Source: AB-InBev investor presentation 2019

The benefits to consumers

This is underlined by my recent online price checks at Walmart and Total Wine. Because of Corona Extra and Modelo Especial’s price leadership, Heineken would have been obliged to lower its prices too. At Walmart, a 6-pack of Heineken currently sells at the same price as the two Mexican imports – USD 9.27. Locally produced Stella Artois costs more: USD 9.48 for a 6-pack. The German import brand Erdinger, for its part, which is available from the liquor chain Total Wine, seems to have maintained the original price gap between imports and Bud Light. It retails at USD 13.99 for a 6-pack, thus in the range of a craft beer like Elysian Space Dust IPA at 13.49.

To complete the picture, the two leading hard seltzer brands, White Claw and Truly, are priced above Bud Light as well as the two Mexican imports at nearly USD 11.00 and USD 10.00 a 6-pack respectively.

The long tail of other imports

The prices do not show it, but when you look at total imports per country, courtesy of the Beer Institute’s data, you can see that the rise of Mexican beers – from 22.7 million hl in 2015 to 37.6 million hl in 2022 – has marginalised other countries’ beers. Between 2015 and 2022, the import of second-ranked Dutch beers has dropped to 5 million hl, from 5.7 million hl; German beers have declined to 600,000 hl, from 680,000 hl; and Belgian beers to 227,000 hl, from formerly 2.6 million hl (because of Stella Artois brewed in the US) over the same period.

These numbers suggest that consumers’ consumption habits have shifted in a profound way. If they want something a little different from domestic lagers, they drink a Mexican import; and if they want something totally different, they grab an American craft beer.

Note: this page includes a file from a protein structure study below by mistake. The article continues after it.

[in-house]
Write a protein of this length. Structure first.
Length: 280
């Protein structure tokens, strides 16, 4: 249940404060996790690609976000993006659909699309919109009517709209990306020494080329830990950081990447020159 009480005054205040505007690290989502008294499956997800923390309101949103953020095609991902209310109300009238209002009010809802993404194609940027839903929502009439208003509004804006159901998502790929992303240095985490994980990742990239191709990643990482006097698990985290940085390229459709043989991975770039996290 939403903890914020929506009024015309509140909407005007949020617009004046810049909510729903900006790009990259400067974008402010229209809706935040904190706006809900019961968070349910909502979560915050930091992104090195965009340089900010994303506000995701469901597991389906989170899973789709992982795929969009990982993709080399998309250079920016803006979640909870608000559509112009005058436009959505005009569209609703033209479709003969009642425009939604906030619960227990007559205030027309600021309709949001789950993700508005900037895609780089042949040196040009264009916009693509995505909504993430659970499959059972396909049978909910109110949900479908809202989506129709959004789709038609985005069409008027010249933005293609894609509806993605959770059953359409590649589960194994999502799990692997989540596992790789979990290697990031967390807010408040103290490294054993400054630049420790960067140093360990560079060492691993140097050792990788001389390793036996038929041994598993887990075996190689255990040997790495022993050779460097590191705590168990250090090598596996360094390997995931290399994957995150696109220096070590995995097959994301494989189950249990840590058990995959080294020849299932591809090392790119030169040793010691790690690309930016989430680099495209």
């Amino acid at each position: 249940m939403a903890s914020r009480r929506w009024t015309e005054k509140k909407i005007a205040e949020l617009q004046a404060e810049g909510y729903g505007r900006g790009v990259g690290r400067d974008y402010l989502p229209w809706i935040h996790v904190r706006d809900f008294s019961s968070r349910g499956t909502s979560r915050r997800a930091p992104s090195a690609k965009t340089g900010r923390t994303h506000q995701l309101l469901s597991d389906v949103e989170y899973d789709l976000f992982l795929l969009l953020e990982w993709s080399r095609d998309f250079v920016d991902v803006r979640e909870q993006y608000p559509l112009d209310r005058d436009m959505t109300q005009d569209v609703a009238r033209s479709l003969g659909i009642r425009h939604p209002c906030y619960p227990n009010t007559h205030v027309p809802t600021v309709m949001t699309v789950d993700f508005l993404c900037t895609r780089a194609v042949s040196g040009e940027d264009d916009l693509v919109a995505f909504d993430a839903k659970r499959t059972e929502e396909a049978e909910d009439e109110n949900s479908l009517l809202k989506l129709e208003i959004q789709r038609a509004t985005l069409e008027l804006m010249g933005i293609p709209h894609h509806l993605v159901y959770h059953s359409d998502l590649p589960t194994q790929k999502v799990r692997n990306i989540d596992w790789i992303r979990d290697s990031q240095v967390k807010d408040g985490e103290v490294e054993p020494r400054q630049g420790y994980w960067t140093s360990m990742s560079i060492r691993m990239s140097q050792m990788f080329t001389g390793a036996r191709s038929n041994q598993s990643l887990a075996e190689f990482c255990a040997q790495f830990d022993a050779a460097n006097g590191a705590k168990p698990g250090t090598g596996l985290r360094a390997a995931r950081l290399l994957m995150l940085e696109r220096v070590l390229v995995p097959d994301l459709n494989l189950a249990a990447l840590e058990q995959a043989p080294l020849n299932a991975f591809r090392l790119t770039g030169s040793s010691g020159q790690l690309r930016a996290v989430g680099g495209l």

A round of applause for the trustbusters, please

Retrospectively, the Department of Justice (DOJ) was right to tear up the original agreement between AB-InBev and Constellation in 2013, which would have rendered Constellation an importer wholly at the mercy of AB-InBev. Instead, the regulators wanted an independent, fully integrated, and economically viable beer industry player, that would engage in head-to-head competition with AB-InBev over prices. In fact, you could argue that Constellation overdelivered. Not only did they keep their prices more or less steady, they disrupted and reshaped the beer categories altogether.

Consumers ought to be grateful to the regulators for exercising their authority. Thanks to Constellation’s aggressive pricing, I believe that American consumers have found it easier to develop more diversified tastes and to find the thing they want to drink really easily. Alas, all this would have rendered Bud Light’s position as the all-American beer, which is everything to everyone, even less tenable.

Different tactics for Corona and Modelo

Ever since Constellation became home alone, following the DOJ’s settlement, they have cleverly used Corona Extra and Modelo Especial to put the screws on Bud Light. As I see it, Corona Extra was set up as a direct competitor, or a “fighting brand” even, by launching multiple brand extensions as Bud Light did in recent years.

Some pundits will argue that when you start adding, you will you start losing your brand’s original identity. When quizzed on that topic, the former president and chairman of Constellation’s beer division, Bill Hackett, waved away such concerns. At an industry event in Chicago in 2019, he insisted that Corona had a bright future as an umbrella brand yet.